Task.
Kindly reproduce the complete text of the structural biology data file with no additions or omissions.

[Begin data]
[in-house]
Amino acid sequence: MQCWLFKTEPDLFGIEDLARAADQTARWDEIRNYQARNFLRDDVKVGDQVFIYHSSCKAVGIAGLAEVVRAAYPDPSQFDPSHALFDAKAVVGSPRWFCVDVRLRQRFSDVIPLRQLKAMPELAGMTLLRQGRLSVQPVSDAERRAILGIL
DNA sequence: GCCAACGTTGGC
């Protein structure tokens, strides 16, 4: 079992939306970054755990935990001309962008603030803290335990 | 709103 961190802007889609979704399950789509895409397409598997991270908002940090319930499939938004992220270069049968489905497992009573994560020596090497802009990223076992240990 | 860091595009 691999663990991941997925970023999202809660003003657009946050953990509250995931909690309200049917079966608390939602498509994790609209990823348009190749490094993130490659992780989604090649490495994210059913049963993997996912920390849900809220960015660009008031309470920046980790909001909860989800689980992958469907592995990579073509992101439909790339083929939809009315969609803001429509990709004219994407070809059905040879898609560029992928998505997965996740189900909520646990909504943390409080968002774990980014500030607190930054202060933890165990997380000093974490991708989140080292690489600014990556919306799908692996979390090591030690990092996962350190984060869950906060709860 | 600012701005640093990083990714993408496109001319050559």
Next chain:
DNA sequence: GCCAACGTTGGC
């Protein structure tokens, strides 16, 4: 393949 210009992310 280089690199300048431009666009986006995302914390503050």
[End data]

[in-house]
Amino acid sequence: MQCWLFKTEPDLFGIEDLARAADQTARWDEIRNYQARNFLRDDVKVGDQVFIYHSSCKAVGIAGLAEVVRAAYPDPSQFDPSHALFDAKAVVGSPRWFCVDVRLRQRFSDVIPLRQLKAMPELAGMTLLRQGRLSVQPVSDAERRAILGIL
DNA sequence: GCCAACGTTGGC
């Protein structure tokens, strides 16, 4: 079992939306970054755990935990001309962008603030803290335990 | 709103 961190802007889609979704399950789509895409397409598997991270908002940090319930499939938004992220270069049968489905497992009573994560020596090497802009990223076992240990 | 860091595009 691999663990991941997925970023999202809660003003657009946050953990509250995931909690309200049917079966608390939602498509994790609209990823348009190749490094993130490659992780989604090649490495994210059913049963993997996912920390849900809220960015660009008031309470920046980790909001909860989800689980992958469907592995990579073509992101439909790339083929939809009315969609803001429509990709004219994407070809059905040879898609560029992928998505997965996740189900909520646990909504943390409080968002774990980014500030607190930054202060933890165990997380000093974490991708989140080292690489600014990556919306799908692996979390090591030690990092996962350190984060869950906060709860 | 600012701005640093990083990714993408496109001319050559």
Next chain:
DNA sequence: GCCAACGTTGGC
């Protein structure tokens, strides 16, 4: 393949 210009992310 280089690199300048431009666009986006995302914390503050």